Day 4

Detailed paper information

Back to list

Paper title Harnessing Sentinel-1 co-seismic DInSAR products and Geospatial Intelligence as an operational tool on Earthquake Impact Assessment: The case of the Arkalochori (Crete, Greece) on September 27, 2021
  1. Triantafyllos Falaras Department of Geography. Harokopio University of Athens Speaker
  2. Andreas Karavias Department of Geography. Harokopio University of Athens
  3. Pavlos Krassakis Department of Geography. Harokopio University of Athens
  4. Olga Markogiannaki University of Western macedonia
  5. Issaak Parcharidis Department of Geography. Harokopio University of Athens
Form of presentation Poster
  • D1. Managing Risks
    • D1.01 Satellite EO for Geohazard Risks
Abstract text Earthquake risk is a global-scale phenomenon that exposes human life to danger and can cause significant damages to the urban environment increasing globally more or less in direct proportion to exposure in terms of the population and the human-built environment. Earth observation (EO) science, plays an important role in operational damage management, showing the most affected areas on a large scale and in a very short time helping the decision making processes more effectively. This can be done by combining the geodetic information with geospatial data to generate a Geospatial Intelligence (GEOINT) product which is the organization of all the available geographical information on the area of interest.

In the morning (09:17 EEST) of September 27, 2021, a strong M=5.8 with a 10 Km focal depth (35.1430 N, 25.2690 E) earthquake struck in the area of Arkalochori town, Crete ~22 Km at the Southeast of the city of Heraklion. Several aftershocks followed for the next few days with the strongest to be that of September 28, 2021 (07:48 EEST) M=5.3 with an 11 Km focal depth (35.1457 N, 25.2232 E) according to the Institute of Geodynamics of the National Observatory of Athens ( The main earthquake caused extensive damages to numerous buildings including homes and schools constituting many of them unsafe to use in the impacted region. Some people were injured, one lost his life, and others became homeless.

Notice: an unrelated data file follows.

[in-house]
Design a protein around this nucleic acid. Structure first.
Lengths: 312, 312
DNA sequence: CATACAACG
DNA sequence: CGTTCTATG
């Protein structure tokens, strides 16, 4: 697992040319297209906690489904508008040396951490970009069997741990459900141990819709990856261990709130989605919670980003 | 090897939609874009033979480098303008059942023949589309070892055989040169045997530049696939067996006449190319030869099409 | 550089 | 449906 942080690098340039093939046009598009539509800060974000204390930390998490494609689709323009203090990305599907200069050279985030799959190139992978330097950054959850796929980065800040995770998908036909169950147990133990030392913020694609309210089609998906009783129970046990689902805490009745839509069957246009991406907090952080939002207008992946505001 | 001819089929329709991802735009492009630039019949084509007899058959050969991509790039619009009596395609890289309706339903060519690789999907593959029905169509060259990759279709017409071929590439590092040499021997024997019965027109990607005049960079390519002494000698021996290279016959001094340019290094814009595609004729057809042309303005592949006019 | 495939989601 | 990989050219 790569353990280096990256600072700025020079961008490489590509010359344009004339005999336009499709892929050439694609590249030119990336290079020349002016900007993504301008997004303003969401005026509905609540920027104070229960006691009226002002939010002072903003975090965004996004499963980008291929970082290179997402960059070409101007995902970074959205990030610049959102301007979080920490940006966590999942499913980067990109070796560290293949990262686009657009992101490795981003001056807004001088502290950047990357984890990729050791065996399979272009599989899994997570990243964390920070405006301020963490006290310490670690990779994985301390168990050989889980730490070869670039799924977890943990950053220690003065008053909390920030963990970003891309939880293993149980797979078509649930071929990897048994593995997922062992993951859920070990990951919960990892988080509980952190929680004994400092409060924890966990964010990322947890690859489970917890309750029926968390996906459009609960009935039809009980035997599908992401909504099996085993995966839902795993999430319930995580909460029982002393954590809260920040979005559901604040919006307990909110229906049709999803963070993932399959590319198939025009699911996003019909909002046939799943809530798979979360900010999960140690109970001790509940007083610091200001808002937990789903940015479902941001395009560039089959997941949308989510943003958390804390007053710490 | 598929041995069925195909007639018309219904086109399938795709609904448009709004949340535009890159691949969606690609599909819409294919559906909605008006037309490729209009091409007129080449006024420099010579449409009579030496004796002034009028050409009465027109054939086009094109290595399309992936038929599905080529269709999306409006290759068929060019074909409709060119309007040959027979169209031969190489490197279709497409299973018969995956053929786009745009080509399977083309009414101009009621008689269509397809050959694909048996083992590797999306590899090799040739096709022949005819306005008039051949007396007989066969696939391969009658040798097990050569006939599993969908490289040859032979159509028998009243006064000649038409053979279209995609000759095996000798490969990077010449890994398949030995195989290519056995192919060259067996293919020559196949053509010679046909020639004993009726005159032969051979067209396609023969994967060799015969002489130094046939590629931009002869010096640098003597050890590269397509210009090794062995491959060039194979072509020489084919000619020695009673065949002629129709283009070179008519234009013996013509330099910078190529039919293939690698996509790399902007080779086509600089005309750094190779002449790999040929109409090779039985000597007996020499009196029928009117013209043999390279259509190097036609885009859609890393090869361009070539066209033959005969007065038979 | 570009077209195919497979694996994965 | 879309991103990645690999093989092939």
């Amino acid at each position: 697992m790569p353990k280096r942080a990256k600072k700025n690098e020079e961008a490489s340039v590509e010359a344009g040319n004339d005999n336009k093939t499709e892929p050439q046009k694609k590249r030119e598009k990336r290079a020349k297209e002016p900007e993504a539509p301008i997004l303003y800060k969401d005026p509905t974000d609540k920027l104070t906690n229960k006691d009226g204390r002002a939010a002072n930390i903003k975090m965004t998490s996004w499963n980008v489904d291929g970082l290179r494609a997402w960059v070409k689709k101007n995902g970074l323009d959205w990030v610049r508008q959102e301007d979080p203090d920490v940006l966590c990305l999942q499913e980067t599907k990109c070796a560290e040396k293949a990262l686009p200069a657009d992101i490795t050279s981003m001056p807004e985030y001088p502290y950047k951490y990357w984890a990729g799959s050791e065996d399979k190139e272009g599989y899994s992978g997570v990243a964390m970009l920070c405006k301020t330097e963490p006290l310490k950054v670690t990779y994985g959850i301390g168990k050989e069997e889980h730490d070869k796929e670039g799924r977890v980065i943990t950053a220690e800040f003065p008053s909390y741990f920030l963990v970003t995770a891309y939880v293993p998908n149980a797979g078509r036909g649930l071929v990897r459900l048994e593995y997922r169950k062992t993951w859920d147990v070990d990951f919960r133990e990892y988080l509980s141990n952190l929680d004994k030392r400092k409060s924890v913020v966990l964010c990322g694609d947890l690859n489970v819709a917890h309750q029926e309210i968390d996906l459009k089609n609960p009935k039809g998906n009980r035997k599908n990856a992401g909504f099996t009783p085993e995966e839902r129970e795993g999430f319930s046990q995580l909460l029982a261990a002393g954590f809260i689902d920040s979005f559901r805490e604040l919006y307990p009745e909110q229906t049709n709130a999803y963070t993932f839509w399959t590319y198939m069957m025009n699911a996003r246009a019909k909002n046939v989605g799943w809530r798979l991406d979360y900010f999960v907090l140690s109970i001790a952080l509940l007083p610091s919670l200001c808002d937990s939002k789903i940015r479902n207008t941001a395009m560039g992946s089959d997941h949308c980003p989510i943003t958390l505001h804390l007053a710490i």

This study that was performed operationally at the time of the earthquake in Arkalochori, Crete, aims at developing a useful Geospatial Intelligence operational tool for the impact assessment of that earthquake. This was carried out by retrieving the ground deformation information from co-seismic Differential SAR Interferometry (DInSAR) products and then combining it with infrastructure-related geospatial data. The developed tool was available the following days after the event to be used by the stakeholders (e.g. emergency responders, scientists, civil protection, etc)

For the geodetic purposes of this study were used, (i) two Sentinel-1 SAR SLC (Single-Look-Complex) IW (Interferometric Wide Swath) images in ascending (master 24/09-slave 29/09) and descending (master 18/09-slave 30/09) geometry before and after the earthquake event in order to generate co-seismic interferometric pairs, and (ii) a Digital elevation model (DEM) SRTM-3 sec (90m) of the study area. ESA Copernicus Sentinel-1 SLC satellite images are openly available within a few hours since their acquisition from the Copernicus Open Access Hub platform (URL: The processing of Sentinel-1 SLC images was performed on ENVI SARscape software.